In order to help you navigate the full report, we have divided it into five parts:

ReDSS GRF briefing paper “Advancing multi stakeholder engagement to sustain solutions”

Documenting learning and best practice around the CRRF application in the East Africa region through a thematic approach. It highlights learning from new ways of working as well as opportunities that the application of CRRF has enabled in three key areas: (1) return and reintegration; (2) area-based and locally-led approaches; and (3) regional and national level engagement around the CRRF approaches. Country specific examples from Somalia, Ethiopia and Kenya as well as the regional level through IGAD are used to illustrate good practice and concrete examples. The paper also addresses gaps and opportunities with recommendations for further development that can be used for planning and policy dialogue beyond this year’s first GRF to support a common agenda around durable solutions programming in the East Africa region. We thank all ReDSS members for their contributions.

  • Click here to download the briefing paper

 

ReDSS Global Refugee Forum Pledge

ReDSS members developed four pledges that will be presented at the GRF:

  • Area based planning and locally led approach
  • Measuring collective outcomes
  • Rethinking displacement financing
  • Regional and cross-border engagement

Click here for the pledge document.

ReDSS quarterly update- October 2019

In this quarterly update, you will find information on the aspirations surveys in Somalia, research process in Ethiopia, refugee bill in Kenya, preparations for the Global Refugee Forum in December, key upcoming learning events and conferences, and finally resources published over the past months.

Click here for the update.

Access to shelter and services for low-income groups: lessons from Hawassa, Mogadishu and Nairobi on the politics of informal settlements and shelter access

This report provides a synthesis of key findings and lessons from a three-city study on access to shelter and basic services for low-income groups in East Africa (Nairobi, Kenya; Mogadishu, Somalia; and Hawassa, Ethiopia). Guided by political economy analysis, this paper sets out some key lessons for agencies operating in cities, highlighting why and how city dwellers make certain shelter choices, and
provides suggestions on how to respond.

  • Informal institutions and actors are key to shaping how and whether people access shelter:  The complex nature of informality may serve both to enable as well as to limit choices and opportunities for low-income groups. The huge demand for shelter and the inability of the national or local state to meet these demands have driven the growth of informal settlements and generated entire industries that both maintain and exploit vulnerable populations.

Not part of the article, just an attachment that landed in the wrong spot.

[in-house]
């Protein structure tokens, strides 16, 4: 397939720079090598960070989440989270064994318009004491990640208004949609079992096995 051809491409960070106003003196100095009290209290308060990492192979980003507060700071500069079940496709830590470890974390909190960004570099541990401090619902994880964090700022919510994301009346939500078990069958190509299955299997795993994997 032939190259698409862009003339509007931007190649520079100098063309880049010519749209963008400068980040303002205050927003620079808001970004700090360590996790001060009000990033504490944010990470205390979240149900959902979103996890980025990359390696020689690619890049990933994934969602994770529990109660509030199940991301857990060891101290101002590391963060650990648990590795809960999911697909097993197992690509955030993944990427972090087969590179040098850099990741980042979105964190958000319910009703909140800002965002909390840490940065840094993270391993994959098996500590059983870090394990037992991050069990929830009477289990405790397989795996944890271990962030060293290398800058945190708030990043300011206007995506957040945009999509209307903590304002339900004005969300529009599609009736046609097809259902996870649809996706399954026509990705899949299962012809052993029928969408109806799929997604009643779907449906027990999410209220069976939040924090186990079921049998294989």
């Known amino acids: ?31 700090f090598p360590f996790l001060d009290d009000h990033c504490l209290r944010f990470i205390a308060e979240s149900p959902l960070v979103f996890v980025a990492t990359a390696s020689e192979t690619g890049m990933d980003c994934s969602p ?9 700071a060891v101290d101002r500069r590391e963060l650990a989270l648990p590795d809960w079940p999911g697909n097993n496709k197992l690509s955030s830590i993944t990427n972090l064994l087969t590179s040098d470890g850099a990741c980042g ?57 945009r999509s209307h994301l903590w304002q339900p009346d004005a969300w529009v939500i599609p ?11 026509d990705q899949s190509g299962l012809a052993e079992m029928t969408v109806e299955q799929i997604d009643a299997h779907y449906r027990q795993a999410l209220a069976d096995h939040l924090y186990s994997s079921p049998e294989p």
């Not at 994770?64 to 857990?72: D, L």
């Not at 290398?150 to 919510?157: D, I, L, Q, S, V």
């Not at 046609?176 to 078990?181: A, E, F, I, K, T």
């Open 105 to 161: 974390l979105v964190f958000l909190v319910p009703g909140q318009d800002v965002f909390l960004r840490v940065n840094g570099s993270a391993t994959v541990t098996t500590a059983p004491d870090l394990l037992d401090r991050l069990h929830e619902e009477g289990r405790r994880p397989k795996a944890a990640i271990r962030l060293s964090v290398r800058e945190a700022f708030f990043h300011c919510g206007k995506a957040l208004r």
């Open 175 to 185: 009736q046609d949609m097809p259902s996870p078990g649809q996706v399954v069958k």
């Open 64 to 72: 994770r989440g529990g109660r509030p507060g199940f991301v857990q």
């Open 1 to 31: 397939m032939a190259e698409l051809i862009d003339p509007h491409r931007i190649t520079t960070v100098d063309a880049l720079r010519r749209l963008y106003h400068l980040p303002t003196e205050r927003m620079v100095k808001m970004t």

• The ‘urban poor’ are not homogenous — risks and barriers vary between individuals and households: Low-income groups in general face the greatest challenges in accessing decent housing, but groups including women, people living with disabilities and in some cases young men experience more acute challenges and additional barriers to accessing shelter on the basis of their identity.
  • Other forms of identity are important — particularly ethnicity and migration status: In Mogadishu, an intricate hierarchy of clans strongly influences the spatial distribution of population, security of tenure, urban development and evictions. Hawassa has experienced insecurity relating to disputes over land ownership and ethnic tensions. Nairobi has a long history of politicised land deals and irregular land allocations, which have often been driven by Kenya’s ethnic politics.
  • Housing options for low-income groups are underexplored and better rental regulation is needed:  Rental housing is under explored as the most appropriate option for low-income groups, and a lack of regulation contributes to poor-quality housing and exploitation of tenants. The high cost of land and property creates informal rental markets. The relative absence of regulation and protection mechanisms for renters has fostered severe tenure insecurity and exploitation in the rest of the market, especially among poorer socioeconomic groups.
  • Poorly handled evictions can cause long-term vulnerability and undermine trust in government: Evictions are a common feature of all three cities in the study. Forced evictions are exacerbating the vulnerabilities of affected households, usually entailing costs for households, including the loss of livelihoods and social networks.
  • ‘Affordable’ housing is often inaccessible — new options for affordable finance are needed: Housing classed as ‘affordable’ is often beyond the means of the majority of city dwellers – a reevaluation of ‘affordable housing’ is needed alongside new approaches to affordable finance for housing and land. The ability of the lowest-income groups to access formal housing was extremely limited across all three cases. Previous attempts at affordable housing have been captured by the middle classes. Across all three cities, mortgage finance for low- and middle-income groups is highly constrained.
  • Empowered and organised civil society working with city governments can improve low-income housing at scale: With support, local actors can respond to their particular needs and priorities. Government funding to support community-directed upgrading or household and community plot purchase and house development can widen the scope of what low-income households and communities are able to achieve.
  • National political settlements frame city decision making, but other local and regional factors – and competing interests — must also be understood: The ‘visions’ held by national-level politicians have a significant impact on urban policy and programmes. Subsequent changes in urban infrastructure, services and form will intersect with city level politics, and may have an impact on local stability and security.

Click here for full paper.